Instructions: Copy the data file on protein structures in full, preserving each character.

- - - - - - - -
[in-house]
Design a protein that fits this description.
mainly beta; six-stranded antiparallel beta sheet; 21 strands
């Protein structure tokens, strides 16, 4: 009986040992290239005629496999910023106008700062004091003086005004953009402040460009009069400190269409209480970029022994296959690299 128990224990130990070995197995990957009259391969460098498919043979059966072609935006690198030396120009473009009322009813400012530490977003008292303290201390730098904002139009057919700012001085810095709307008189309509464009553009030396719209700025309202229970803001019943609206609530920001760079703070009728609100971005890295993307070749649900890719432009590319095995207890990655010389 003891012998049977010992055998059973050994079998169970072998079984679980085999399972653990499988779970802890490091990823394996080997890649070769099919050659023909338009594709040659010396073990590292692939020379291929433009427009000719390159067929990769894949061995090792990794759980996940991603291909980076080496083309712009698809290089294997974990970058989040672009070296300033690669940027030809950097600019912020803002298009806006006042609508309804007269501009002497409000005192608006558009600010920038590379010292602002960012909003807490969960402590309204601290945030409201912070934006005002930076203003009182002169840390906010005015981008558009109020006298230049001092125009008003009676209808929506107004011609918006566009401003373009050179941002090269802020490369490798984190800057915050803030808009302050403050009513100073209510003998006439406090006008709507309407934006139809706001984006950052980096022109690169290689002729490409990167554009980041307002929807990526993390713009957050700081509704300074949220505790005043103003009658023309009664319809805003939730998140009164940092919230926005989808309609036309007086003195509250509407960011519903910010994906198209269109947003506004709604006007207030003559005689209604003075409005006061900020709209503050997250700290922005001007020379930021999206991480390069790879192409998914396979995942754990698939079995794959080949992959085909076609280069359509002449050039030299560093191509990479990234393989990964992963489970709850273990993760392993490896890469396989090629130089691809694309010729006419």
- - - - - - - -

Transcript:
[in-house]
Design a protein that fits this description.
mainly beta; six-stranded antiparallel beta sheet; 21 strands
């Protein structure tokens, strides 16, 4: 009986040992290239005629496999910023106008700062004091003086005004953009402040460009009069400190269409209480970029022994296959690299 128990224990130990070995197995990957009259391969460098498919043979059966072609935006690198030396120009473009009322009813400012530490977003008292303290201390730098904002139009057919700012001085810095709307008189309509464009553009030396719209700025309202229970803001019943609206609530920001760079703070009728609100971005890295993307070749649900890719432009590319095995207890990655010389 003891012998049977010992055998059973050994079998169970072998079984679980085999399972653990499988779970802890490091990823394996080997890649070769099919050659023909338009594709040659010396073990590292692939020379291929433009427009000719390159067929990769894949061995090792990794759980996940991603291909980076080496083309712009698809290089294997974990970058989040672009070296300033690669940027030809950097600019912020803002298009806006006042609508309804007269501009002497409000005192608006558009600010920038590379010292602002960012909003807490969960402590309204601290945030409201912070934006005002930076203003009182002169840390906010005015981008558009109020006298230049001092125009008003009676209808929506107004011609918006566009401003373009050179941002090269802020490369490798984190800057915050803030808009302050403050009513100073209510003998006439406090006008709507309407934006139809706001984006950052980096022109690169290689002729490409990167554009980041307002929807990526993390713009957050700081509704300074949220505790005043103003009658023309009664319809805003939730998140009164940092919230926005989808309609036309007086003195509250509407960011519903910010994906198209269109947003506004709604006007207030003559005689209604003075409005006061900020709209503050997250700290922005001007020379930021999206991480390069790879192409998914396979995942754990698939079995794959080949992959085909076609280069359509002449050039030299560093191509990479990234393989990964992963489970709850273990993760392993490896890469396989090629130089691809694309010729006419």